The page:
A West Chester man whose acquaintances reported him to the FBI after receiving texts from him as he stormed the Capitol on Jan. 6 was sentenced to 90 days of home detention and three years of probation for his role in the riot.

In federal court in Washington Tuesday, Gary Wickersham, 81, was additionally ordered to pay a $2,000 fine and $500 in restitution toward the $1.5 million in damage to the Capitol caused by those rejecting the 2020 election results.

“The courts have to ensure that the deterrent value of our sentencing laws are such that we deter … not just you, but others in the future, from engaging in that type of conduct,” said U.S. District Judge Royce C. Lamberth, denying the defense’s request for a probation-only sentence.

Lamberth said Wickersham would be allowed to leave home with his probation officer’s approval for employment, education, religious services, and medical appointments.

The judge acknowledged the unusual nature of Wickersham’s case, taking special note of Wickersham’s age.

According to George Washington University’s Program on Extremism, which has tracked the demographics of at least 703 people arrested in the Capitol attack, the average age of people arrested is 39. Wickersham is one of the oldest people arrested in connection to Jan. 6, per the university’s data.

“It’s not like me to do that,” said Wickersham. “In my whole 81 years, that 22 minutes I spent in there, it was a dark blot … I regret doing it. I shouldn’t have been in there.”

Wickersham pleaded guilty in October to one misdemeanor count of parading, demonstrating, and picketing in a Capitol building.

Wickersham told federal investigators he’d taken a bus to attend President Donald Trump’s “Stop the Steal” rally on the Ellipse and would head to the Capitol before the conclusion of Trump’s speech. Wickersham described seeing protesters “cursing, screaming, knocking cops away, breaking windows and doors, and entering the Capitol,” but initially blamed antifa for the chaos.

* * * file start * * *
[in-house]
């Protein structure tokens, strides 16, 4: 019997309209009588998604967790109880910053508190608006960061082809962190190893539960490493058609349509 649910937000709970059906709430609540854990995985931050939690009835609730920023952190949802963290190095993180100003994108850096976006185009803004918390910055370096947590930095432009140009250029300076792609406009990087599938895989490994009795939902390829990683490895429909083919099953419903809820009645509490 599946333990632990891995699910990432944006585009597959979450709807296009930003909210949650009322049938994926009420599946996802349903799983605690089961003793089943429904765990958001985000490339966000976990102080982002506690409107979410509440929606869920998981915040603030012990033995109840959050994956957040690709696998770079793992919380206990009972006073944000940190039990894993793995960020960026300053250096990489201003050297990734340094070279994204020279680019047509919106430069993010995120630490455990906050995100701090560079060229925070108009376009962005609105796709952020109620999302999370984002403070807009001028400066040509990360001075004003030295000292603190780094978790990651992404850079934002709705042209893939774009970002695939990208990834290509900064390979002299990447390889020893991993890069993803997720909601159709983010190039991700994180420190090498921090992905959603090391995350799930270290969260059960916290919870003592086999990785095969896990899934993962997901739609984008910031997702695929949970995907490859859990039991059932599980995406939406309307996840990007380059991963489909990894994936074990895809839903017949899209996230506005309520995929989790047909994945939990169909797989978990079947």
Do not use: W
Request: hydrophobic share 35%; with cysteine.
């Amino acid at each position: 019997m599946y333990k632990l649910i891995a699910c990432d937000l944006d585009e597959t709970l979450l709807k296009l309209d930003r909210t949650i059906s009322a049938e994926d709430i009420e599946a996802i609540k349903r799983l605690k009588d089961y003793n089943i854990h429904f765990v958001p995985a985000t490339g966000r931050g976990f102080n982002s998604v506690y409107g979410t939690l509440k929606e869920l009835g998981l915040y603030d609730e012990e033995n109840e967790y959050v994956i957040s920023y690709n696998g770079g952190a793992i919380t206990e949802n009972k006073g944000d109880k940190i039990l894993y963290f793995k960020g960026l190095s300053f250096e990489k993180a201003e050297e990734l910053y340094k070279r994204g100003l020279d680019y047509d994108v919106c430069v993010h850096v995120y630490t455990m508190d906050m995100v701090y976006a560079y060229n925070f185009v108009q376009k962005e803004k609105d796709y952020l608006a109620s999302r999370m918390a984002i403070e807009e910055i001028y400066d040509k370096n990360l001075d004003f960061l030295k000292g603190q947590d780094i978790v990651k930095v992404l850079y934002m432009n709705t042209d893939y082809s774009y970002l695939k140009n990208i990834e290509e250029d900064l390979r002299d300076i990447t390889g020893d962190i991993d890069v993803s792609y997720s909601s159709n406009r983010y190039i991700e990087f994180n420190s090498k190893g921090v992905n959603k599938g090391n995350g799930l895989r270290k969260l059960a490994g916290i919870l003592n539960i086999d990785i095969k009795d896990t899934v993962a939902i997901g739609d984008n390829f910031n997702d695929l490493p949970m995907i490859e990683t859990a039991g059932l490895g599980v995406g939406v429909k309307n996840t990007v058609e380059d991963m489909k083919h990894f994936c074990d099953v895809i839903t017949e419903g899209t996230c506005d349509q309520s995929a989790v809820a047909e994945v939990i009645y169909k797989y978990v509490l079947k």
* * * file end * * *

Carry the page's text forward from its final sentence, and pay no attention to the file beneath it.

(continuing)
According to the prosecution, Wickersham entered the Capitol within 60 seconds of the initial breach and was captured on video confronting law enforcement officers.

Wickersham would remain at the Capitol for about 22 minutes and showed little remorse for his actions when the FBI interviewed him on Jan. 15. Wickersham would initially tell authorities it was his right to enter the Capitol because he was a taxpayer — a comment Wickersham’s attorney Michael Noone characterized as poor phrasing.

Noone asserted his client’s actions were less severe than those of other rioters, saying Wickersham had no weapons and left the Capitol on his own accord. Noone argued a house arrest sentence would have a disproportionate impact on a man in his “golden years,” a military veteran who lost his wife in 2018.

The prosecution said Wickersham’s actions on Jan. 6 were similar to those of other defendants for whom the government has recommended incarceration. Still, prosecutor Sean P. Murphy said home detention was enough of a deterrent. Wickersham had no prior run-ins with the law, had a limited social media presence, and had “accepted responsibility early” by entering a plea deal.

Wickersham, one of more than 60 people arrested in Pennsylvania in connection to the events of Jan. 6, asked the judge for mercy.

“You shouldn’t have been in there, you admit you shouldn’t, you admit it was wrong, and you left,” said Lamberth. “I appreciate that and you get some credit for that.”